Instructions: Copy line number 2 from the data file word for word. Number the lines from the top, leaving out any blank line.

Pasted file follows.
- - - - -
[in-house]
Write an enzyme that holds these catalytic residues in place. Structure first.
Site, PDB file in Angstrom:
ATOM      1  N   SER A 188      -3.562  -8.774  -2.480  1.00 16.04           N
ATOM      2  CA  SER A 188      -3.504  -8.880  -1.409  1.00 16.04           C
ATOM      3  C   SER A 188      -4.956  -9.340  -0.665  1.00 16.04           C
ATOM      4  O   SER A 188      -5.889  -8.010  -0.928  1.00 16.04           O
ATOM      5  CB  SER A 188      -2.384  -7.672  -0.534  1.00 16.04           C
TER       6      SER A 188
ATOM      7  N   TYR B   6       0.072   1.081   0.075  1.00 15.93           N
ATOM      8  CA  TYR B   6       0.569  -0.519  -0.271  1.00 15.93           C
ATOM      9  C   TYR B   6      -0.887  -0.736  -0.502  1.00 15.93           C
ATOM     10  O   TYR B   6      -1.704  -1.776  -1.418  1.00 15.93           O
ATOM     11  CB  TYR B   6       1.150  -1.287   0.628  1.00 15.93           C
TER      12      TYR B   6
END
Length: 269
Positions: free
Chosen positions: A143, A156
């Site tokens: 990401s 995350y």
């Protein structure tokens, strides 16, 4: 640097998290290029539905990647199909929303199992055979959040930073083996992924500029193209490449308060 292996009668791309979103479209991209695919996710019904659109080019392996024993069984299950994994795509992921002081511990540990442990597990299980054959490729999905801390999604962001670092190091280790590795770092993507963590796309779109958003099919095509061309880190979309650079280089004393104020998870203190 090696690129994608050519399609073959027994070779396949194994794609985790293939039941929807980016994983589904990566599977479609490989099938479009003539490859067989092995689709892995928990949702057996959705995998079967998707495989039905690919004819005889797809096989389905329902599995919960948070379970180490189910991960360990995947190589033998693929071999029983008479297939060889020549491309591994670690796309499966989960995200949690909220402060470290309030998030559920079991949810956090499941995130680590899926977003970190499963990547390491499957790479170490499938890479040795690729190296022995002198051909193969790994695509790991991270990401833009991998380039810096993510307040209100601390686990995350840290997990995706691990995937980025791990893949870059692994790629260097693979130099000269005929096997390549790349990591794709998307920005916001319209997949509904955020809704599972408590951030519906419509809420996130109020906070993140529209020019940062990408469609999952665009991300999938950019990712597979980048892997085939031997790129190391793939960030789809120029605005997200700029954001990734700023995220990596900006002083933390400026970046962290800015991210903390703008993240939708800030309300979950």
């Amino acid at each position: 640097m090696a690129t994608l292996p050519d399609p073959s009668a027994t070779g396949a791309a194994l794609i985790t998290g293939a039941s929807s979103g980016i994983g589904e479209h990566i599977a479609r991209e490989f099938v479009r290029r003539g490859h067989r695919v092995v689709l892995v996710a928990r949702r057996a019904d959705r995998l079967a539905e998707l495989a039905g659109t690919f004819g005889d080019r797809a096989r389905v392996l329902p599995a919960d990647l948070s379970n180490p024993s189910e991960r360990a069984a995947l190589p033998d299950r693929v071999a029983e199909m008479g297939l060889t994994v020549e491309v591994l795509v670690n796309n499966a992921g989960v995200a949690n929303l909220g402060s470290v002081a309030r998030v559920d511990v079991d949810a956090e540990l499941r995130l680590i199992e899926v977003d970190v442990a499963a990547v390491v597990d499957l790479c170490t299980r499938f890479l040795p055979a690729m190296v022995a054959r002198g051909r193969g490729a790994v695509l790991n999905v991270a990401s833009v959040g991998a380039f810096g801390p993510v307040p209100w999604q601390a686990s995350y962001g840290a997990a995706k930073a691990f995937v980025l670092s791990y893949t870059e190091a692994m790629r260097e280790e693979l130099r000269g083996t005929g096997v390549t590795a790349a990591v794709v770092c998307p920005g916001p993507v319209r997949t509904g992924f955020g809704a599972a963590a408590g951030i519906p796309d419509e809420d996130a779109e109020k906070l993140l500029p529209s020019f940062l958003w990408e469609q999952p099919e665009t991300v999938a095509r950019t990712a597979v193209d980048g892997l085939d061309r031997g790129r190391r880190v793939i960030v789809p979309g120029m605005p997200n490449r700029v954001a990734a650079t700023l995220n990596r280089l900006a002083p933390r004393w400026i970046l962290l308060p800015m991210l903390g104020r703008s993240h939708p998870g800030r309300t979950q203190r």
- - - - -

Write an enzyme that holds these catalytic residues in place. Structure first.